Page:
Our first harbour in Newfoundland was Griquet. It was one of Newfoundland’s outposts, but the fish processing has been moved and there is little fishing activity in this small village. However, we were amazed that there was a bridge to the mainland (1984) and the road was actually paved; the first paved road we have seen since Iceland! Seems that the infrastructure money is being spent in Newfoundland first. Perhaps we are unaware of the reasons for gravel roads in Labrador (frost heaving, lack of traffic, etc.) but it is an observation.
After a cold, windy and mainly sunless May, June, and 2 weeks in July, Cartwright showed us the sun on July 14. What a treat; BUT…what a lot of bugs, from mosquitoes to black flies, hornets to horse flies.
Cartwright is a very small village (population around 600), with few services for yachts. There are two wharves, but only one available for visiting boats. There is only one spot with a ladder on that wharf, and at low tide (5 foot range) it is tricky to reach the bottom rung of the ladder, especially if the wind is blowing the boat off the quay. In short, dock space is very limited for visitors. We were rafted off a steel-hull schooner, Issuma that is hoping to make the NW passage east to west this summer.
Schooner Issuma and Pilgrim sharing a ladder and wharf at the Cartwright Marine Service Centre
The Marine Service Centre that used to manage the quay is no longer in business. There are electrical outlets, but no power service or water on the wharf. There is a “boil-water advisory” in Cartwright, which is quite common in Labrador, so even if we could have filled our tanks, we would not have done so.
There is no charge but then you get what you pay for. There is a grocery store, a real hardware store, a library in the school and a pub that have Internet. There is no cellular signal, but a pay phone in the grocery store accepts calling cards. Cartwright used to be a thriving town with small cargo ships, ferries and fishing boats and a thriving fish plant. Now that the road has been opened to Quebec, the need for cargo ships and ferries has greatly diminished, and with the severe limitations on the fisheries, few boats go out commercially and the plant is not in full operation. Small open boats take tourists up the salmon rivers, but that seems to be the biggest fishing activity in Cartwright. The people are very friendly, especially if you act like “just folks” and wave when they pass in their cars or on their bikes. In the evening we heard a Loon, our first since 2005 in the North Channel, Lake Huron.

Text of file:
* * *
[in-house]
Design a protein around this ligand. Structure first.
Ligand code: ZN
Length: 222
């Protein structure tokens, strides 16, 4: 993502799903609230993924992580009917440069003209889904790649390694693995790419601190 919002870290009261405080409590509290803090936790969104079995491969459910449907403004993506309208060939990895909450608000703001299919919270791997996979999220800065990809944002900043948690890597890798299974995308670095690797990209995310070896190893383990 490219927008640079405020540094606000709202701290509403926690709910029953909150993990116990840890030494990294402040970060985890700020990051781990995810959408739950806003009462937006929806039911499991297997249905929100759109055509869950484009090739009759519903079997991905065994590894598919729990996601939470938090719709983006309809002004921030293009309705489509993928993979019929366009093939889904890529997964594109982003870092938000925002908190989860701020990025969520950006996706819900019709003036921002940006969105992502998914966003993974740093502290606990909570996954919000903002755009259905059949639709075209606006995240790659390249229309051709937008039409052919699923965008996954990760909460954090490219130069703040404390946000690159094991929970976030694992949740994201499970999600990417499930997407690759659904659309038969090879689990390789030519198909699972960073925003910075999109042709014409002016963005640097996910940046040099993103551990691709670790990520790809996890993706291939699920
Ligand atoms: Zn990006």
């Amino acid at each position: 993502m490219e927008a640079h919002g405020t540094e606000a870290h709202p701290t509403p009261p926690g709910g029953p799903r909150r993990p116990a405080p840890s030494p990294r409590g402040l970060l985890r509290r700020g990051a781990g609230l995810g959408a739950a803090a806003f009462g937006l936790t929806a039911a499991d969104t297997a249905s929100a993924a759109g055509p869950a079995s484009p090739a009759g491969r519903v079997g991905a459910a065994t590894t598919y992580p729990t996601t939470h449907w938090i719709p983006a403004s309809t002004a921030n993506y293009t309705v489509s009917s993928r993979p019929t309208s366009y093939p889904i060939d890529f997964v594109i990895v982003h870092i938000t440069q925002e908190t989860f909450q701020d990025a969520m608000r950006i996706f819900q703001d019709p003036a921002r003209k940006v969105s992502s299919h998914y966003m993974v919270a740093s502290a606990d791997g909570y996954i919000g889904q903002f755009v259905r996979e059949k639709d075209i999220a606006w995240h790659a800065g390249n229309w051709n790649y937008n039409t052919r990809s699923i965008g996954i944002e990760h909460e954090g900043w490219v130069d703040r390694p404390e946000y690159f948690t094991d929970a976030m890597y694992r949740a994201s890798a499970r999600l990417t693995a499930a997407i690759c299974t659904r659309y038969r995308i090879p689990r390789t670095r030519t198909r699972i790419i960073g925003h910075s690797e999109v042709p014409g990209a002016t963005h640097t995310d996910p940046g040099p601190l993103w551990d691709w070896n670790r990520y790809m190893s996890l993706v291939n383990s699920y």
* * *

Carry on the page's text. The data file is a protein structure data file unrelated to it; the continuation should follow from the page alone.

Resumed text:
Curlew Harbour / Southeast Cove. We had some surprises once back at anchor. Our first harbour, Southeast Cove, Isthmus Bay (53⁰45’N 56⁰37’W) with “easy access entrance” unexpectedly shoaled to 10 feet where the chart indicated we should be in 50 feet. We bailed and went to Curlew Harbour where we did not find good holding in mud as promised in the cruising guide (but there was little wind, so no worry).
Sandy Bay / Bateau Harbour. The report for the anchorage in Sandy Bay (53⁰24’N 55⁰48’W) did not live up to is short, sketchy description. When a NW thunder squall hit, we dragged our 45 pound CQR, and could not get a good set with it or our 22 pound Danforth. We retreated to nearby Bateau Harbour (53⁰24’N 55⁰46’W) with better protection against NW winds. Another yacht, aluminum hull, was already anchored. Through the night Brian kept anchor watch while we experienced 25-33 knot gusts of wind. When the wind backed south the next day a local resident in an open boat came by and suggested we move into the Inner Harbour where there was a bit more protection. We moved the boat and anchored for 2 nights waiting for the strong south winds to give us a break. There were about four men who lived in the houses at Bateau Harbour; some of the houses looked new with covered foundations, while others lacked paint and looked like a winter storm would blow them over. There were also a number of houses that had collapsed. The wharf and fish processing plant were still standing, but the wharf did not look secure. Some of the residents kept their open outboards around the back side of the wharf where there was the best protection, and probably the least deterioration.